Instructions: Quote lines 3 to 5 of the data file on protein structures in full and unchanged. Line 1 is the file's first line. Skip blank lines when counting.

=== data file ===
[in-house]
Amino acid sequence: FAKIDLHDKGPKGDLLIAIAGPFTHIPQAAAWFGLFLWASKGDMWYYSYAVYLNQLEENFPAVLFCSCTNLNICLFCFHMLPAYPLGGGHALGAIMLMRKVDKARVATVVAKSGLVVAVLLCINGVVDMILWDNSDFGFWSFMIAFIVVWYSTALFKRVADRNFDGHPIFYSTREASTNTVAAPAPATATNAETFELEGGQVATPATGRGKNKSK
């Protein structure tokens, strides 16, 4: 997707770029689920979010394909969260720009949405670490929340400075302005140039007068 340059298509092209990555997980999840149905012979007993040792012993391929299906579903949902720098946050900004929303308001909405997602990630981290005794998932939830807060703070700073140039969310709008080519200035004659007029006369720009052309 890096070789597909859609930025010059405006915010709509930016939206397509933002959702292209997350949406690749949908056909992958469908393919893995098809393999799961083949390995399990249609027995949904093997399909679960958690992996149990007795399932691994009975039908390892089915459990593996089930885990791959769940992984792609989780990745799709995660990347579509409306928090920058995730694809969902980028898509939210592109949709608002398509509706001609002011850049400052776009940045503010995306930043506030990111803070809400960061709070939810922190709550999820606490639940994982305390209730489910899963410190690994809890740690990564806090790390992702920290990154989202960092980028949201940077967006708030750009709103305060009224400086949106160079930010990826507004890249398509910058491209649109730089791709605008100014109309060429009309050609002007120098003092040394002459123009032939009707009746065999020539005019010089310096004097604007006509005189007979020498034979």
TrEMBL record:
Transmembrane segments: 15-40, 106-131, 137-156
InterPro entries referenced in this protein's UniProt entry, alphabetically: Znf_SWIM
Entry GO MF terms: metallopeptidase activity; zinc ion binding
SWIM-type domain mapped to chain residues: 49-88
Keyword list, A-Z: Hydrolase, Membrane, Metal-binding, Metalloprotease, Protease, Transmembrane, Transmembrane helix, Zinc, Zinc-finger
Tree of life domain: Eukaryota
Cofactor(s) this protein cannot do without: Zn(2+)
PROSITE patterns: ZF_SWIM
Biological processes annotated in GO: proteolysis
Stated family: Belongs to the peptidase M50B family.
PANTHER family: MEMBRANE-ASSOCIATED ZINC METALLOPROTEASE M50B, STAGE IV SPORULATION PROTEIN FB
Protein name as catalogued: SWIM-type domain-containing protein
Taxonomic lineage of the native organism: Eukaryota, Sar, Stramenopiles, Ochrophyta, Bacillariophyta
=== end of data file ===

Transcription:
């Protein structure tokens, strides 16, 4: 997707770029689920979010394909969260720009949405670490929340400075302005140039007068 340059298509092209990555997980999840149905012979007993040792012993391929299906579903949902720098946050900004929303308001909405997602990630981290005794998932939830807060703070700073140039969310709008080519200035004659007029006369720009052309 890096070789597909859609930025010059405006915010709509930016939206397509933002959702292209997350949406690749949908056909992958469908393919893995098809393999799961083949390995399990249609027995949904093997399909679960958690992996149990007795399932691994009975039908390892089915459990593996089930885990791959769940992984792609989780990745799709995660990347579509409306928090920058995730694809969902980028898509939210592109949709608002398509509706001609002011850049400052776009940045503010995306930043506030990111803070809400960061709070939810922190709550999820606490639940994982305390209730489910899963410190690994809890740690990564806090790390992702920290990154989202960092980028949201940077967006708030750009709103305060009224400086949106160079930010990826507004890249398509910058491209649109730089791709605008100014109309060429009309050609002007120098003092040394002459123009032939009707009746065999020539005019010089310096004097604007006509005189007979020498034979």
TrEMBL record:
Transmembrane segments: 15-40, 106-131, 137-156